Steel pistons?

So according to what I can find, aluminum gets substantially weaker at operating temps, at a peak operating temp of 350 Celsius 6061 drops to 21MPa in strength, while stainless steel 304 drops to 60% of its strength.. while cast steel is still 100%

So cast steel will still be 248 MPa
And stainless 304 will be 621 * 0.6 = 373 MPA.

Cast steel should be 3.9x stronger than 6061 aluminum at 350 Celsius. While stainless 304 will be 5.8x stronger.
Now if we made pistons the same weight as the aluminum pistons, they’ll be thinner, so if we account for the approx 3x higher density.

If our goals outgrow stock pistons, why are we paying for forged aluminum pistons again? I know stuff like nickel coating pistons are supposed to lower temperatures of the piston etc, since it has lower thermal conductivity than aluminum and more heat would be pushed out exhaust, but I’ve never found by how much. But steel has half the thermal conductivity of nickel and that would be the whole piston so would lead to lower temperatures for piston and cylinder head if nickel coating aluminum pistons works.
>noooo that’s ultimate tensile strength
So is for the 6061, even if we compare the ultimate tensile strength to the lowest figure for yield strength for 304 /and/ adjust for density and assume they’ll reach same op temp, then that yield strength is still double the ultimate tensile strength of 6061
>muh thermal expansion
6061 has a linear expansion per degree 35.2% higher than stainless 304. Stainless could run tighter tolerances.

  1. 1 week ago
    Anonymous

    The only thing I can think of is because you may want the point of failure to be the pistons so you don’t fuck the rods and/crankshaft and entire block if something goes wrong

    • 1 week ago
      Anonymous

      So we build the lock out of 316 stainless too, and it won't rust.

  2. 1 week ago
    Anonymous

    >why are we paying for forged aluminum pistons again?
    They're extremely light compared to cast steel and can withstand similar amounts of pressure. Its why so many parts of the engine are aluminum. The weight savings for fuel economy is huge. You may have an engine design that doesn't generate anywhere near 21MPa therefore aluminum is a completely acceptable material for pistons.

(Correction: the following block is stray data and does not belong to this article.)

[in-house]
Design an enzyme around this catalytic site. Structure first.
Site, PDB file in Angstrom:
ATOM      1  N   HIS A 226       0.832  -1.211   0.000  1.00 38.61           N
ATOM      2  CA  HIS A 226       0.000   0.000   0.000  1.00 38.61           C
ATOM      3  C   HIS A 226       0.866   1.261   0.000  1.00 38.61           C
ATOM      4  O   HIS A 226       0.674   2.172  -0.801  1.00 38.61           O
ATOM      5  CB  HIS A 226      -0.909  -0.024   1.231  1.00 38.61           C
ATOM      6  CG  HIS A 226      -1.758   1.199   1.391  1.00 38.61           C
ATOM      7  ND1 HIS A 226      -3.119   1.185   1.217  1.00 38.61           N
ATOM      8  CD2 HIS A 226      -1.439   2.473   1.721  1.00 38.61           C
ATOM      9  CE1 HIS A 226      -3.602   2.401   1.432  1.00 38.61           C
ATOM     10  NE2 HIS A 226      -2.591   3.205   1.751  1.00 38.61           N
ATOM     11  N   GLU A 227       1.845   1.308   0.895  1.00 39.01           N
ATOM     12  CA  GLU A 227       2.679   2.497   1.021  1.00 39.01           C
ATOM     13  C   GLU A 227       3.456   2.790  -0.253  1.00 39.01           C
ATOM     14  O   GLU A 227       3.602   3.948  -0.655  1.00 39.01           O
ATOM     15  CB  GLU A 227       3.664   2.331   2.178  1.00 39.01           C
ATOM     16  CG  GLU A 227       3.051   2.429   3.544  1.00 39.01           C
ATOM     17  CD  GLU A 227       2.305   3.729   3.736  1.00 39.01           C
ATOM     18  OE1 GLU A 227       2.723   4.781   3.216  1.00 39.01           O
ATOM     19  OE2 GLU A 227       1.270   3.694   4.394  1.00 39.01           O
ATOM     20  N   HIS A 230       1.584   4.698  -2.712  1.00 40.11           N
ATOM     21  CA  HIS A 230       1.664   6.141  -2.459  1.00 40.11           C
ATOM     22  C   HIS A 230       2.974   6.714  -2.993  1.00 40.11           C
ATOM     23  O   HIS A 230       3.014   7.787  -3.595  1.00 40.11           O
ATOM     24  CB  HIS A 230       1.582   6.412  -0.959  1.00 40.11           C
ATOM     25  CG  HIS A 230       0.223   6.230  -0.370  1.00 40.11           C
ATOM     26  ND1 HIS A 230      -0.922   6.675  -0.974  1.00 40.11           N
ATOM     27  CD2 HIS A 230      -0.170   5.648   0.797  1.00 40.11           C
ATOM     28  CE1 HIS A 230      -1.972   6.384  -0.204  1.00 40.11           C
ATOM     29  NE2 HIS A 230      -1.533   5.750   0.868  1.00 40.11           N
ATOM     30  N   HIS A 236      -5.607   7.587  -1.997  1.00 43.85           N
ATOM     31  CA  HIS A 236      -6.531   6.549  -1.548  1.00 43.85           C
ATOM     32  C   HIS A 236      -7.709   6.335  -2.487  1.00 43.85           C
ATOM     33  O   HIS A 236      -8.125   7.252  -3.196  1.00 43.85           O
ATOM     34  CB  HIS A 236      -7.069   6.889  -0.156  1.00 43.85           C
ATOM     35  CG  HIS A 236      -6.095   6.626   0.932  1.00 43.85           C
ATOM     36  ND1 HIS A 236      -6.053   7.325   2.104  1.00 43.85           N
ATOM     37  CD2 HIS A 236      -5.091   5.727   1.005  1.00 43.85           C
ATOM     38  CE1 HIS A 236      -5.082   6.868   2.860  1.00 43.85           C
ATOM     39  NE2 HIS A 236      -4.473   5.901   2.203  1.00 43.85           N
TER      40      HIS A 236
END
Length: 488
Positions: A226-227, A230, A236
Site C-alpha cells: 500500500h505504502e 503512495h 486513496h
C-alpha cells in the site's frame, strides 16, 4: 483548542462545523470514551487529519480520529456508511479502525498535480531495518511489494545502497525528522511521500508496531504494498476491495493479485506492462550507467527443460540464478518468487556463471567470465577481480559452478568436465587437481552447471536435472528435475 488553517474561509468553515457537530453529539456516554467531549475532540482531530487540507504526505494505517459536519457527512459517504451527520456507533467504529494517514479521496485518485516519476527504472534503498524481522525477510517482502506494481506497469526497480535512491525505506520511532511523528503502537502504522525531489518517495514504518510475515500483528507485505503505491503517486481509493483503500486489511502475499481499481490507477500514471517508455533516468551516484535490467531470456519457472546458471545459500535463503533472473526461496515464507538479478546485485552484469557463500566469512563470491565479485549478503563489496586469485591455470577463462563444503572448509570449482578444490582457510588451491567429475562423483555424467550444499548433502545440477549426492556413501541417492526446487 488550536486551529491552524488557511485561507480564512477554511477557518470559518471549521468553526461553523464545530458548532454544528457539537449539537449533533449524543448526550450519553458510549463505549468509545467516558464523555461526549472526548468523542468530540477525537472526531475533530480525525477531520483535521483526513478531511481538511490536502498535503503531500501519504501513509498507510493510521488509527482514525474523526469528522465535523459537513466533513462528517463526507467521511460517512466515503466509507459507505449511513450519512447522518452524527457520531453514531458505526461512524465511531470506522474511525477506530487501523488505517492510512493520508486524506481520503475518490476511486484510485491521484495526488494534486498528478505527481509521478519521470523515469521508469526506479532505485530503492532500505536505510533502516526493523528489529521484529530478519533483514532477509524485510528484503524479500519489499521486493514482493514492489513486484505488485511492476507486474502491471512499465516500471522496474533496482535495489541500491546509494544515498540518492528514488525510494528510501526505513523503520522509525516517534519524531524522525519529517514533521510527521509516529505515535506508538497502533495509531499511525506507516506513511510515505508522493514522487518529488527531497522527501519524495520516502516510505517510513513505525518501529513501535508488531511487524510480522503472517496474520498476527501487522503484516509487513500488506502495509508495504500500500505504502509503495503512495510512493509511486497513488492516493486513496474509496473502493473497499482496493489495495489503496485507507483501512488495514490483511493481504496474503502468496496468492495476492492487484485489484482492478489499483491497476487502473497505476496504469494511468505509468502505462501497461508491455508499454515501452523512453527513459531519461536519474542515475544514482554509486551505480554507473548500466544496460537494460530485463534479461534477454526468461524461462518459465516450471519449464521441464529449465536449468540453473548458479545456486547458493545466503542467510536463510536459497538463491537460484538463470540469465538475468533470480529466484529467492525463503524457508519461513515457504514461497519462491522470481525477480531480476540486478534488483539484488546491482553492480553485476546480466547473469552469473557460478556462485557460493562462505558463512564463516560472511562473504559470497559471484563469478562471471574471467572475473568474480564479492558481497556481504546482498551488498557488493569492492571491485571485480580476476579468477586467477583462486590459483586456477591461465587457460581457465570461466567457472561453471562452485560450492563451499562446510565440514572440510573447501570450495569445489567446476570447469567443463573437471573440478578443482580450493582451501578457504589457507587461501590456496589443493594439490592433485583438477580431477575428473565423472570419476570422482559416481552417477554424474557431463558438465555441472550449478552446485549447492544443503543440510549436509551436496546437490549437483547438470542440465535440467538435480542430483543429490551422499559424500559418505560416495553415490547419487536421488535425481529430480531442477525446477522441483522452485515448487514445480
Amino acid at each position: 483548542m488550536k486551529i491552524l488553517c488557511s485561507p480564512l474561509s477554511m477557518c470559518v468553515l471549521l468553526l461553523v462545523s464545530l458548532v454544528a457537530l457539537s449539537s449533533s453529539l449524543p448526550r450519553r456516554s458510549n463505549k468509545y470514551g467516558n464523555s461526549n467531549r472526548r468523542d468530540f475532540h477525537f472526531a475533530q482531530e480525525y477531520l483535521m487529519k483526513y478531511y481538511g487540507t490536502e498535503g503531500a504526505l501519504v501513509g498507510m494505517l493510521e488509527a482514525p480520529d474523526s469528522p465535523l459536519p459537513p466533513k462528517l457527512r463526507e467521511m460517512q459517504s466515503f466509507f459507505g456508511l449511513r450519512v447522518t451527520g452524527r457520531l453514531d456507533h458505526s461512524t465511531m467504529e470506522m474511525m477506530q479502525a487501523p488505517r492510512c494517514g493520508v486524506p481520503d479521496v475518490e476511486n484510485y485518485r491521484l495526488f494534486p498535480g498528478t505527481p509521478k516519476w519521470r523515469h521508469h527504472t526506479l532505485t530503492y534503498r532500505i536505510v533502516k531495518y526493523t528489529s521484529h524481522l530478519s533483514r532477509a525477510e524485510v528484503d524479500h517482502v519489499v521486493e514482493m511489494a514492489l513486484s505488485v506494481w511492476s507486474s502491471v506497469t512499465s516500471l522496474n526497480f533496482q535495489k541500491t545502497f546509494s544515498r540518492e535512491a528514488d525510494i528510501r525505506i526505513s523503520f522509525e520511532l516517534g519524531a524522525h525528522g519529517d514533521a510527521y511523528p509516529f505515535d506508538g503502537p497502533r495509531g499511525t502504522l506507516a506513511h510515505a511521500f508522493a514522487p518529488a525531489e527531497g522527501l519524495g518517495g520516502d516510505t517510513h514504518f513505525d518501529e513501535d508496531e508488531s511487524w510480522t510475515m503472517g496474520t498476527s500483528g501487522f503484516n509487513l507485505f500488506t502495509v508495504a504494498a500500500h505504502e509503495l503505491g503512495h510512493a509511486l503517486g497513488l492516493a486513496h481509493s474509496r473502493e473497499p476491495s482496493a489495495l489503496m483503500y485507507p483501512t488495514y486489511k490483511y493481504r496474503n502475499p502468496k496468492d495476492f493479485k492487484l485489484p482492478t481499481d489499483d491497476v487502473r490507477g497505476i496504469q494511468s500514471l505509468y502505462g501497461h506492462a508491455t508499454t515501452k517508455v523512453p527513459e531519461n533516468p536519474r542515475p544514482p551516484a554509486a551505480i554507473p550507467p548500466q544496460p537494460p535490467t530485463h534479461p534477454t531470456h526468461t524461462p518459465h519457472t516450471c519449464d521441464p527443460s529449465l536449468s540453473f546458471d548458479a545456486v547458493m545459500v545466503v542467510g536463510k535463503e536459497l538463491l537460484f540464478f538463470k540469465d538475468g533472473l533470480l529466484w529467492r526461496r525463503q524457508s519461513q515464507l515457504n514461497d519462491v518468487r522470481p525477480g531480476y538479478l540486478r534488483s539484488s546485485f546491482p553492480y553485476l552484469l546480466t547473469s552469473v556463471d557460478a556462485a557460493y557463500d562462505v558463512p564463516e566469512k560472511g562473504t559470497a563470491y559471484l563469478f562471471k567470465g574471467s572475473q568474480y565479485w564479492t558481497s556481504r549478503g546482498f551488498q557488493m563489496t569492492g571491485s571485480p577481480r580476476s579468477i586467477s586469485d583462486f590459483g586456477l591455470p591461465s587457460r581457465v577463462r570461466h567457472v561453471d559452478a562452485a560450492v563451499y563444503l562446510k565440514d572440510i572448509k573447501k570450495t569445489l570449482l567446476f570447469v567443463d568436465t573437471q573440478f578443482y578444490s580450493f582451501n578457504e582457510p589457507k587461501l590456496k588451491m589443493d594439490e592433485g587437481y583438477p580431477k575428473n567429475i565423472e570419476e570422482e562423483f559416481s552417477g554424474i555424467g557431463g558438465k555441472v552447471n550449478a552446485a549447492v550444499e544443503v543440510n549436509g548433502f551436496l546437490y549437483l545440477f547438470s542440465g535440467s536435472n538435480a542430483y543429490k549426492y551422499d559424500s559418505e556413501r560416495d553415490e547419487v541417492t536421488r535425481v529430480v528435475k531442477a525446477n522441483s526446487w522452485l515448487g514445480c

Also Aluminum conducts heat better. That means aluminum heats up and cools down faster which is great for efficiency.

    • 1 week ago
      Anonymous

      Efficiency is gay tho take the bus if you’re worried about that

      • 1 week ago
        Anonymous

        tard moment

      • 1 week ago
        Anonymous

        Efficiency means you can up the RPM if your aluminum engine dissipates heat faster, retard

    • 1 week ago
      Anonymous

      I think you missed the part about matching weight, steel would be thinner walled, there wouldn’t be a need to make them heavier than aluminum pistons. They can’t withstand as much pressure at operating temperatures at the same weight. The advantage is at room temperature. And the lower thermal conductivity is desirable. It’s why there are piston coatings, to get them into a lower operating range and reduce cylinder head temps by transferring less heat into the block from piston. A set of forged pistons is around about $1000 here, not sure how much it is in the US.

      You’d have to have the right design for the steep pistons though, smaller clearance, include the slight taper, and smaller clearance on the wrist pin so it doesn’t come loose etc.

      • 1 week ago
        Anonymous

        What kind of temperatures do you think engines in reach in daily drivers? There aren't any tangible benefits of using steel pistons purely because aluminum meets standard uses without issue.
        >And the lower thermal conductivity is desirable
        For what purpose? For every day engines you want the engine to cool off faster. The thermal capacity of steel is undesirable, you DON'T want to retain heat.
        >piston coatings
        are for reducing friction
        >get them into a lower operating temperature
        there are other ancillary devices you can use like banjo bolts which reduce piston temperatures, again you don't want the pistons to retain heat.
        >by transferring less heat into the block from piston.
        Whats your block made of? If its an aluminum block with an iron sleeve you're not going to derive this awful amount of heat because it'll be cooling well enough though the normal cooling system.

        • 1 week ago
          Anonymous

          Piston coatings on the crown dumbass.
          >much every day engine
          Go back to OP
          >If our goals outgrow stock pistons

          >Slowing the transfer of heat into internal components could actually increase efficiency a bit.
          Not really, typical economy cars won't gain efficiency through those means. Higher piston temps and higher pressures just mean more knock. Its absolutely possible to have an engine be too hot and start knocking like crazy. Complete combustion through accurate fuel and air measurement is more desirable from an efficiency standpoint. These engines aren't going to run at higher temperatures, they're going to run the oil and coolant around 100C. Any hotter and you start stressing the other parts, inducing knock, and causing increased air temperatures.
          Generally speaking, a cooler engine is a more efficient engine.

          Dead wrong. You ignite the fuel. Temp and pressure rapidly rise, if you have lower thermal conductivity of internals exposed to the combustion chamber, then less heat will be absorbed by internals, those internals will stay a bit cooler. In that instance it may be a small amount. But pressures inside the combustion chamber will stay higher post ignition meaning a little more torque a little more efficiency due to a little less heat loss to internals.